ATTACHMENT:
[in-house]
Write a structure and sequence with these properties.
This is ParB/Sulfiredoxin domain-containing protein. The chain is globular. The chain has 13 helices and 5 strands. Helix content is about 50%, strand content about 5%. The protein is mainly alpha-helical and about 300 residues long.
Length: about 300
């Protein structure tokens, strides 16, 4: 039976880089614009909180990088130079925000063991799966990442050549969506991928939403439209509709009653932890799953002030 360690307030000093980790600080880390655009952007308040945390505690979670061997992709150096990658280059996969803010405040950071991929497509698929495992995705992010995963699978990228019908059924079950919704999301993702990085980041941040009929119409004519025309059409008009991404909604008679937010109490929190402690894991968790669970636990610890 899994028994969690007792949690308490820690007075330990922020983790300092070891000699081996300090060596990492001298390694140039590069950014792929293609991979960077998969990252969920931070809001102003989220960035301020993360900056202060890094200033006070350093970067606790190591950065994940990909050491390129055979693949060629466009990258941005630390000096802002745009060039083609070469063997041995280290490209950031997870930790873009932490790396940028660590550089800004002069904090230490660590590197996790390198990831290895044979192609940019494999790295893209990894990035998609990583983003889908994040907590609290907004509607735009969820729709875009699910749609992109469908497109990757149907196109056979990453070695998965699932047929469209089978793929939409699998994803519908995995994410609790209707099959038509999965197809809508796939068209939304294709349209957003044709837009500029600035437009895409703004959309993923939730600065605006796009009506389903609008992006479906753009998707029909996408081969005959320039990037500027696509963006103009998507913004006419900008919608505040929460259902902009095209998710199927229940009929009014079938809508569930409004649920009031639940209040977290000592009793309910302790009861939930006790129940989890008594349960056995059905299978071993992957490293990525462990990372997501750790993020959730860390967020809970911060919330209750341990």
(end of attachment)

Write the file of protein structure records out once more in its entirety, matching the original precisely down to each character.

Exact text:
[in-house]
Write a structure and sequence with these properties.
This is ParB/Sulfiredoxin domain-containing protein. The chain is globular. The chain has 13 helices and 5 strands. Helix content is about 50%, strand content about 5%. The protein is mainly alpha-helical and about 300 residues long.
Length: about 300
């Protein structure tokens, strides 16, 4: 039976880089614009909180990088130079925000063991799966990442050549969506991928939403439209509709009653932890799953002030 360690307030000093980790600080880390655009952007308040945390505690979670061997992709150096990658280059996969803010405040950071991929497509698929495992995705992010995963699978990228019908059924079950919704999301993702990085980041941040009929119409004519025309059409008009991404909604008679937010109490929190402690894991968790669970636990610890 899994028994969690007792949690308490820690007075330990922020983790300092070891000699081996300090060596990492001298390694140039590069950014792929293609991979960077998969990252969920931070809001102003989220960035301020993360900056202060890094200033006070350093970067606790190591950065994940990909050491390129055979693949060629466009990258941005630390000096802002745009060039083609070469063997041995280290490209950031997870930790873009932490790396940028660590550089800004002069904090230490660590590197996790390198990831290895044979192609940019494999790295893209990894990035998609990583983003889908994040907590609290907004509607735009969820729709875009699910749609992109469908497109990757149907196109056979990453070695998965699932047929469209089978793929939409699998994803519908995995994410609790209707099959038509999965197809809508796939068209939304294709349209957003044709837009500029600035437009895409703004959309993923939730600065605006796009009506389903609008992006479906753009998707029909996408081969005959320039990037500027696509963006103009998507913004006419900008919608505040929460259902902009095209998710199927229940009929009014079938809508569930409004649920009031639940209040977290000592009793309910302790009861939930006790129940989890008594349960056995059905299978071993992957490293990525462990990372997501750790993020959730860390967020809970911060919330209750341990």